8:12 am — Atlanta
Hello all. I hope you are well and have had a wonderful weekend, writing or otherwise. I have the brisket in the slow cooker, so have cleared the decks for me to try something new: an interview. I know I promised a ballad today, but it occurred to me that Tryouts don’t all have to be poems [just 99% of them] and I have wanted to do this interview which will give you the opportunity to try several things.
I first met [in a cyber-sense] Fiona Robyn and Kaspalita when I read about Fiona’s small stones in someone else’s blog back in December. I tracked down her blog and was immediately interested in what she was suggesting which was that anyone who joined pay a little more attention to the world than normal and for each day in January write a small stone. This did not have to be a finished poem, but a sentence, phrase, or a few words.
When the month of writing ended Fiona and Kaspa did two things: they started a writing network, Writing Our Way Home, and they asked us to polish a few of our stones and submit them for possible inclusion in a forthcoming anthology of small stones: pay attention: a river of stones. Now they are getting ready to repeat January’s experiment in July and this interview is to help publicise that, as well as the writing network.
The writing network has 383 members currently and contains many levels. There are groups of all sorts, to do with writing, reading, journaling, poetry forms, video poetry…if there isn’t a group we are encouraged to start our own. Fiona and Kaspa offer ecourses at very reasonable rates, one of which I am enrolled in for May and I shall let you all know how it goes [or you can sign up!]. Meanwhile, drop by for a visit…Join!…You can join in, or skulk around the edges. The atmosphere is relaxed, like being in a large cozy study, or den.
How do you see, or define small stones?
Fiona: The most important thing about a small stone isn’t how it looks or sounds but how it you find it. The idea is to pay more attention – whether you’re in your living room or climbing a mountain – and notice things that you wouldn’t otherwise notice. Notice one thing properly, and write it down. That’s it.
Kaspa: There’s no form in terms of metre, or syllable count. The form is the process of paying attention to the world, and writing what you have noticed in an accurate way. Some people do write their small stones in poetic forms, which is great, but sometimes a small stone is just a snatch of beautiful prose.
What is your intent with your small stone mission, particularly with regard to July?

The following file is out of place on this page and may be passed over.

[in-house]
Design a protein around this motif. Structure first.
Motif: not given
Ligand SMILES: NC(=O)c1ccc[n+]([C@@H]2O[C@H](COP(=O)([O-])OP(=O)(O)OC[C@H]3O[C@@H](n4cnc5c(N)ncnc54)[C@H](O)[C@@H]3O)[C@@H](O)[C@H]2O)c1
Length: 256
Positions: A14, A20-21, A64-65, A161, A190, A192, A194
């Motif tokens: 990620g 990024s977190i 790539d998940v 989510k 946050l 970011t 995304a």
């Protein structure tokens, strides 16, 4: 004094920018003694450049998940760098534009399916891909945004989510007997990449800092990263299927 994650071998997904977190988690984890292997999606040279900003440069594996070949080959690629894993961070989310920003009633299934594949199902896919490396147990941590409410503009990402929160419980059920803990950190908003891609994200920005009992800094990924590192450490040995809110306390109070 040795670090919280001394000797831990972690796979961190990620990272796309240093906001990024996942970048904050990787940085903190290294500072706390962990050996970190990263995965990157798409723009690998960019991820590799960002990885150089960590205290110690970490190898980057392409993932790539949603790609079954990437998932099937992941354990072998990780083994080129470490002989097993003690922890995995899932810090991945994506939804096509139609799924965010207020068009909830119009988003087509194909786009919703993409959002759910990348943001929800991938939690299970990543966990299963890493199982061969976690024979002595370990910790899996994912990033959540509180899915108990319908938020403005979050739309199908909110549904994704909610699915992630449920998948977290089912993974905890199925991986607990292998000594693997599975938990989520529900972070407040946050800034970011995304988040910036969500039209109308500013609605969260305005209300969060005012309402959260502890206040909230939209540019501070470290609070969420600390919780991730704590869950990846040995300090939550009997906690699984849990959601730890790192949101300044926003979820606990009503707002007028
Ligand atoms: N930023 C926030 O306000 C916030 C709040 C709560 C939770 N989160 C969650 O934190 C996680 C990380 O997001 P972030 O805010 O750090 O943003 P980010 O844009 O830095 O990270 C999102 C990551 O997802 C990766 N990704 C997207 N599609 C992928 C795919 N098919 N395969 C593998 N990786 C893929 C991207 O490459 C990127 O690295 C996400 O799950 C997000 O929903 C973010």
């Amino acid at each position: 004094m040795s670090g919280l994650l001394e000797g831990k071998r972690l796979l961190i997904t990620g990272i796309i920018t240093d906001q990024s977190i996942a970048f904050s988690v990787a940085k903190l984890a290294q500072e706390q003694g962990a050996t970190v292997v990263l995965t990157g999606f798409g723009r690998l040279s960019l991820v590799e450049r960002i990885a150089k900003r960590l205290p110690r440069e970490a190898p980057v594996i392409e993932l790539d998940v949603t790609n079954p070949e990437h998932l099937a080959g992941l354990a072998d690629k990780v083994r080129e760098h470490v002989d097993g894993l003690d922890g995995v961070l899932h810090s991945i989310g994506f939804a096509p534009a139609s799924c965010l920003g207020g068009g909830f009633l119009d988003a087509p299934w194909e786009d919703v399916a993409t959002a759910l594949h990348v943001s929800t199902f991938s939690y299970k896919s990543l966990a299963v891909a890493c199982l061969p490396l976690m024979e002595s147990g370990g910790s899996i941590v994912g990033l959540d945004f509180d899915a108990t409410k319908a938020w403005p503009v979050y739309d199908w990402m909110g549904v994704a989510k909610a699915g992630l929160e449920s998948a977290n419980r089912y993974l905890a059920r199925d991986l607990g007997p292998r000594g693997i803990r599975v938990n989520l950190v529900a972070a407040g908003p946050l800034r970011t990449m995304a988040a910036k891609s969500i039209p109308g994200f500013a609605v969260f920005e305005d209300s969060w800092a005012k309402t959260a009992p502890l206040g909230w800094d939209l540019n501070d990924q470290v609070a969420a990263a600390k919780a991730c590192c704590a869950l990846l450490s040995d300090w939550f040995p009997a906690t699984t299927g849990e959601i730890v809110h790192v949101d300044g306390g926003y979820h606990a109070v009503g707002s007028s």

Fiona: We’d love to encourage as many new people as we can to try out writing small stones. We’d also love previous participants to have another go – at a different time of the year – and see how their experience differs.
Kaspa: In January we had around 300 bloggers take part in our challenge, writing one small stone each day. This July we’d love to have 1000 people noticing and writing down one small stone each day. We’ve created an online space, The River, to collect everyone’s small stones. If you want to take part, and be in The River, let us have the URL of your small stones blog.
Tell us a bit about WOWH and your vision, or dream, for it.
Fiona: We’ve been talking about this over the weekend… Kaspa?
Kaspa: The mission of Writing Our Way Home is to help people connect to the world through writing. We spend so much of our time wrapped up in our own thoughts, making judgments about the world and so on, that we often miss what is right before us. This is true of the natural world, and it’s true of our relationships with other people too. We don’t encounter the real person in front of us, just who we’d like them to be. Writing Our Way Home is about learning to pay attention to what is real.
How that happens includes the river of stones, and the Writing Our Way Home forums, and the e-courses, and courses and workshops in real life too. The ideal for us would be able to do all of these things, and still have time for us to pay attention to our own lives… time to tend to the veg. patch.
Tell us a little about the courses you offer and how they connect to us as writers, to small stones, and to WOWH.
Fiona: At the moment we offer two e-courses – Writing as Spiritual Practice (which Fiona wrote/runs) and Eastern Therapeutic Writing (which Kaspa wrote/runs). The courses are designed to be very flexible, and to give participants an experience of learning a lot about themselves as well as doing lots of writing and having fun. We keep the cohorts small as people have gained a great deal from speaking with each other in the private groups on the forum. ‘Writing Ourselves Alive’ and ‘Writing Towards Healing’ will start in August, and we’ll be launching ‘do it yourself’ courses in June. You’ve just got time to sign up for Kaspa’s course which starts in May.
Kaspa: The courses are all rooted in connecting with the world, and also with oneself, through writing, although they come at this from different angles. We’re just saying the same thing over and over again, really, but in different ways so people (including us) don’t get bored….. The important thing is paying attention, the courses help us to do that, and direct our attention and our writing practice to the areas where it might be most helpful.
I hope that gives everyone food for thought and that you will stop by Writing Our Way Home, and/or decide to join in with small stone writing in July. For examples of small stones stop by the River which keeps a running flow of stones, and stop by my other blog, Random Stones.
I will see you Thursday for more on words to avoid, and Friday for the week’s roundup, and next Tuesday we will take on the ballad. If you know anyone who might be interested in, or enjoy, any of the above, then click on the buttons below. Happy writing.